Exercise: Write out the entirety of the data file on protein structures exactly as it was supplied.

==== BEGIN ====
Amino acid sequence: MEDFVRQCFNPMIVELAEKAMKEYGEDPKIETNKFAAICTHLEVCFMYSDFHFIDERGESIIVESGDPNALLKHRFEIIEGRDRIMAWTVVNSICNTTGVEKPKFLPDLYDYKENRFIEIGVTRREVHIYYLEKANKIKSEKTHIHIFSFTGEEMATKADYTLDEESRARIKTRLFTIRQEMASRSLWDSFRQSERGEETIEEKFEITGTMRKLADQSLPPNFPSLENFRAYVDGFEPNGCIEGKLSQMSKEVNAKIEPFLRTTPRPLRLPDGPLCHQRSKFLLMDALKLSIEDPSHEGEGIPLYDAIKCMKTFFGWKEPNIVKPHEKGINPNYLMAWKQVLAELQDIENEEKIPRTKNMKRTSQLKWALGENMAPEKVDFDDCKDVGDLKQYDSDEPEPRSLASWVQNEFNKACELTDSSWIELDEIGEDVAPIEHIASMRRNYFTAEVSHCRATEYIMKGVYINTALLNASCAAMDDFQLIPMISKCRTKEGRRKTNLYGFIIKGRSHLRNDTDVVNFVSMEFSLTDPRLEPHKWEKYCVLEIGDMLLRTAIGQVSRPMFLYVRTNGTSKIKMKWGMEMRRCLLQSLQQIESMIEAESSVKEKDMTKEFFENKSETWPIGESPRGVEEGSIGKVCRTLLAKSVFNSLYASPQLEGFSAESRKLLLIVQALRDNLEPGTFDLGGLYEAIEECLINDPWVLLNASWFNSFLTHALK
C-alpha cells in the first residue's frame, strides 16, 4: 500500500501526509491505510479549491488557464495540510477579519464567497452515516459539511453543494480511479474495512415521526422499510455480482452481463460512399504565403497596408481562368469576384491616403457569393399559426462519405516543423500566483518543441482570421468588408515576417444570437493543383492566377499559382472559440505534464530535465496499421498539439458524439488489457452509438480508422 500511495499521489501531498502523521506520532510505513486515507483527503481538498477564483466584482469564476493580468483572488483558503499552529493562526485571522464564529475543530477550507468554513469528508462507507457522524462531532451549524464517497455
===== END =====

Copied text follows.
Amino acid sequence: MEDFVRQCFNPMIVELAEKAMKEYGEDPKIETNKFAAICTHLEVCFMYSDFHFIDERGESIIVESGDPNALLKHRFEIIEGRDRIMAWTVVNSICNTTGVEKPKFLPDLYDYKENRFIEIGVTRREVHIYYLEKANKIKSEKTHIHIFSFTGEEMATKADYTLDEESRARIKTRLFTIRQEMASRSLWDSFRQSERGEETIEEKFEITGTMRKLADQSLPPNFPSLENFRAYVDGFEPNGCIEGKLSQMSKEVNAKIEPFLRTTPRPLRLPDGPLCHQRSKFLLMDALKLSIEDPSHEGEGIPLYDAIKCMKTFFGWKEPNIVKPHEKGINPNYLMAWKQVLAELQDIENEEKIPRTKNMKRTSQLKWALGENMAPEKVDFDDCKDVGDLKQYDSDEPEPRSLASWVQNEFNKACELTDSSWIELDEIGEDVAPIEHIASMRRNYFTAEVSHCRATEYIMKGVYINTALLNASCAAMDDFQLIPMISKCRTKEGRRKTNLYGFIIKGRSHLRNDTDVVNFVSMEFSLTDPRLEPHKWEKYCVLEIGDMLLRTAIGQVSRPMFLYVRTNGTSKIKMKWGMEMRRCLLQSLQQIESMIEAESSVKEKDMTKEFFENKSETWPIGESPRGVEEGSIGKVCRTLLAKSVFNSLYASPQLEGFSAESRKLLLIVQALRDNLEPGTFDLGGLYEAIEECLINDPWVLLNASWFNSFLTHALK
C-alpha cells in the first residue's frame, strides 16, 4: 500500500501526509491505510479549491488557464495540510477579519464567497452515516459539511453543494480511479474495512415521526422499510455480482452481463460512399504565403497596408481562368469576384491616403457569393399559426462519405516543423500566483518543441482570421468588408515576417444570437493543383492566377499559382472559440505534464530535465496499421498539439458524439488489457452509438480508422 500511495499521489501531498502523521506520532510505513486515507483527503481538498477564483466584482469564476493580468483572488483558503499552529493562526485571522464564529475543530477550507468554513469528508462507507457522524462531532451549524464517497455